BABY JADE (Portulacaria afra) - Information & Care Instructions

Posted on 7 Nov 22:42

BABY JADE (Portulacaria afra)

BABY JADE (Portulacaria afra)

The Baby Jade or Portulacaria afra, also known as Dwarf Jade Plant, Elephant's Food, and Elephant Bush, is a small-leaved succulent found in South Africa. It is a soft-wooded, semi-evergreen upright shrub or small tree.
Similar in appearance to the Jade Plant (Crassula Argentea), but has smaller and rounder pads and more compact growth. It is much hardier, faster growing, more loosely branched, and has more limber tapering branches than Crassula. The fleshy trunk, branches, and leaves are used to store water. An excellent bonsai tree for the home or office, as long is it is provided enough light.

How To Take Proper Care Of Your Indoor Bonsai Tree
Bonsai is the reproduction of a natural tree form in miniature. This art form has its origin in Japan and China where it has been practiced for centuries. Bonsai are grown in pots and are totally dependent on you for their care.
With proper care, your bonsai will remain healthy, beautiful and miniature for many years to come. Since your bonsai is a living miniature tree, it will increase in beauty as it matures through the years. The instructions below are just the basics and, therefore, we recommend that you purchase one of the many fine books available on the subject.

The Baby Jade will thrive indoors in high light & will appreciate being kept outdoors during the spring and summer. Long term Insufficient light (approx. 6 months); will result in pale leggy & brittle new growth; the drying and shriveling of older pads; drying shriveling and loss of smaller branches.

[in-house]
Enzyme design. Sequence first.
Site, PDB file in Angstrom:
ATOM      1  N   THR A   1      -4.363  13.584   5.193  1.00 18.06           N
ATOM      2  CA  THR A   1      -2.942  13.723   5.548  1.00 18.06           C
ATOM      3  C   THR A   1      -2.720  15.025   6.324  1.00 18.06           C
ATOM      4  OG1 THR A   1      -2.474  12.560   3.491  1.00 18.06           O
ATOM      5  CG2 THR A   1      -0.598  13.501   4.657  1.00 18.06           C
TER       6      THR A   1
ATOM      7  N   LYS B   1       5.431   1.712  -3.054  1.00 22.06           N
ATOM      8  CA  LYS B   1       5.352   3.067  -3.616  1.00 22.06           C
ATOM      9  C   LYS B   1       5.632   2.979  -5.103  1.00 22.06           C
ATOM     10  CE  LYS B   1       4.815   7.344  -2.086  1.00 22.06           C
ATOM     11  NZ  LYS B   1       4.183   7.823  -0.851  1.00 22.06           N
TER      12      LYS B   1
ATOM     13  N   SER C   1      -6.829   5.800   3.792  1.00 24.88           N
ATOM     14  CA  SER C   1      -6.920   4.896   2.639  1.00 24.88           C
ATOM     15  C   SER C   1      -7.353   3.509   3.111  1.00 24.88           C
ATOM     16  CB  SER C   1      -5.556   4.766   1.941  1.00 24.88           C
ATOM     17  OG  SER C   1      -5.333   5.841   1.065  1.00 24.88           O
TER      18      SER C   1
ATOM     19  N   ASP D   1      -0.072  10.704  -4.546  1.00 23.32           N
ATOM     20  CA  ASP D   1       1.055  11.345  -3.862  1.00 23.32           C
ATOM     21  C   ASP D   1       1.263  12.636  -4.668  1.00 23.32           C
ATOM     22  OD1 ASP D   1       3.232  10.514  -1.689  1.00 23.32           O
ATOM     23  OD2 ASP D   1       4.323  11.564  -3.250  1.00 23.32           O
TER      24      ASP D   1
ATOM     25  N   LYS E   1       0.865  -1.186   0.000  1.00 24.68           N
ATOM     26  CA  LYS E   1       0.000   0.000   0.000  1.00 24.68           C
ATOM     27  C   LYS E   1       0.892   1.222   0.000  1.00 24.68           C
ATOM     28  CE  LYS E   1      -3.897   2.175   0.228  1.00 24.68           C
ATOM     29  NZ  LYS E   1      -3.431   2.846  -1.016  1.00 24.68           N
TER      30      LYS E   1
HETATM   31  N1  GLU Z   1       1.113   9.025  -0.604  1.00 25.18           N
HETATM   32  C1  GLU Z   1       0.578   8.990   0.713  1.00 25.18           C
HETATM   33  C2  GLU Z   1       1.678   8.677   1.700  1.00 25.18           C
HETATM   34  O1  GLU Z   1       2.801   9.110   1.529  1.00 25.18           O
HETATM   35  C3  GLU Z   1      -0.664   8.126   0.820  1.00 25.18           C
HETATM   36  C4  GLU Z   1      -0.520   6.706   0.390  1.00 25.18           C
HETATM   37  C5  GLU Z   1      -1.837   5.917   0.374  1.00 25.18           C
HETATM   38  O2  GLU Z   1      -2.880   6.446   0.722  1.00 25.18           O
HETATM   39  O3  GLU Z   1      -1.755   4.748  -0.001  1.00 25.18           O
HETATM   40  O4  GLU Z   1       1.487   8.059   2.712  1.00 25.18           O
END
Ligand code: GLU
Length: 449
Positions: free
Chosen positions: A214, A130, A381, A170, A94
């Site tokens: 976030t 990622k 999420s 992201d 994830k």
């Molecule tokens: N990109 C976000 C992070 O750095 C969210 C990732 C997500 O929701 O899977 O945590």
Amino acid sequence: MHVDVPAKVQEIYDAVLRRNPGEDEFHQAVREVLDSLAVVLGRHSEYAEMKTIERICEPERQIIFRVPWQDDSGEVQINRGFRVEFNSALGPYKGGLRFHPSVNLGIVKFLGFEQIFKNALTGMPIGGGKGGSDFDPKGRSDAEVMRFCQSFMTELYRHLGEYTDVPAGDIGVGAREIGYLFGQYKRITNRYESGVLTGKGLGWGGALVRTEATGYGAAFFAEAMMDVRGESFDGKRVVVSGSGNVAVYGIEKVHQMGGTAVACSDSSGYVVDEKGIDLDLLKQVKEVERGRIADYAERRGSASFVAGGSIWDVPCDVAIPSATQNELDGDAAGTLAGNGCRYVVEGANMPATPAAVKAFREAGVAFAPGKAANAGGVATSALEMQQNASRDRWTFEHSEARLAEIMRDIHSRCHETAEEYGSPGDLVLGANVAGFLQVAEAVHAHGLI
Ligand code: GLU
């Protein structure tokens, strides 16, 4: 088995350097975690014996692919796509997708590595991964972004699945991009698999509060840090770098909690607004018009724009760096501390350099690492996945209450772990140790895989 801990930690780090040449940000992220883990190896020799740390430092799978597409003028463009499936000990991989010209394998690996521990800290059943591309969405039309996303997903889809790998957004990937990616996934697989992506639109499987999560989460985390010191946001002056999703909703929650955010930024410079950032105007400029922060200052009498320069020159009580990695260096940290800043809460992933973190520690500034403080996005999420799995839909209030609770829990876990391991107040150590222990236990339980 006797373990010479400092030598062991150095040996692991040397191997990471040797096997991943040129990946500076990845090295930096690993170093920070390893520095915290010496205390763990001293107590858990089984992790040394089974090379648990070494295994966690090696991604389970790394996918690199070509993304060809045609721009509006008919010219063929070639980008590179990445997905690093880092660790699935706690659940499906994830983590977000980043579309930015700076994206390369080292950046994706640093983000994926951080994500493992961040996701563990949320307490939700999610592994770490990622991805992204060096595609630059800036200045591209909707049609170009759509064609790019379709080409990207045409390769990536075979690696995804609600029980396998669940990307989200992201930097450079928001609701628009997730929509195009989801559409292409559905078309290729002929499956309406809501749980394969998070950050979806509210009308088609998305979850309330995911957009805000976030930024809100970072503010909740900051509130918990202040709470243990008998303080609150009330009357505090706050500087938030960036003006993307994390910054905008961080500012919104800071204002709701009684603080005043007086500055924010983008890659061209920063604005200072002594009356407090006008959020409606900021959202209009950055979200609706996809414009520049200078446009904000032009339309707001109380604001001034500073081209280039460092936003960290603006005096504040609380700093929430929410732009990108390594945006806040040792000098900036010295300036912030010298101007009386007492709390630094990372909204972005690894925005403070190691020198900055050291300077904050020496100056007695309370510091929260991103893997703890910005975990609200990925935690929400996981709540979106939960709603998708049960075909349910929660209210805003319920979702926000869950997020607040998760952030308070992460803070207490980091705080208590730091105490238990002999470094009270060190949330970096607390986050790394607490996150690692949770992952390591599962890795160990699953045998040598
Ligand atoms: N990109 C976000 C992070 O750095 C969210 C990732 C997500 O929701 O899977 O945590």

When night time temperatures drop below 50 degrees we suggest you prepare to bring your Baby Jade indoors; that you place the tree on a windowsill or on a table in front of one.
Keep in a location with temperatures above 45F. Leaves turning black & falling off, stem ends turning black or going soft, roots rotting; are all signs of the plant being too cold and probably too wet. Pare off the blackened parts of the stem; dust with a hormone rooting powder which containing fungicide.

Once nightly lows begin approaching the 50 degree mark, it is time to bring your indoor bonsai inside. The ideal indoor location is on a window sill facing south. An east or west exposure is second best. A northern exposure will work, but will necessitate the use of "grow lights" to provide sufficient light to keep your bonsai healthy. Four to six hours of sunlight per day should suffice. If you can provide more, so much the better.

Watering & Humidity:
Baby Jade is an Indoor Bonsai in most locations in the USA; requires good sunlight or strong artificial light. Light and water need are linked for Baby Jade.
Unlike most Bonsai, lack of indoor humidity is a plus for Baby Jade, as this plant does not do well in humid locations. However good air circulation is important to ward off fungus infections.
Correct watering is to water well, then let the soil dry out almost completely. Assuming the tree is getting sufficient natural light; it will probably need watering approx every 4-5 days.
Soft, soggy, spongy branches are a sign of too much water. Chronic over watering makes this plant susceptible to fungus and root rot.
Keep in a location with temperatures above 40F. Leaves turning black & falling off, stem ends turning black or going soft, roots rotting; are all signs of the plant being too cold and probably too wet.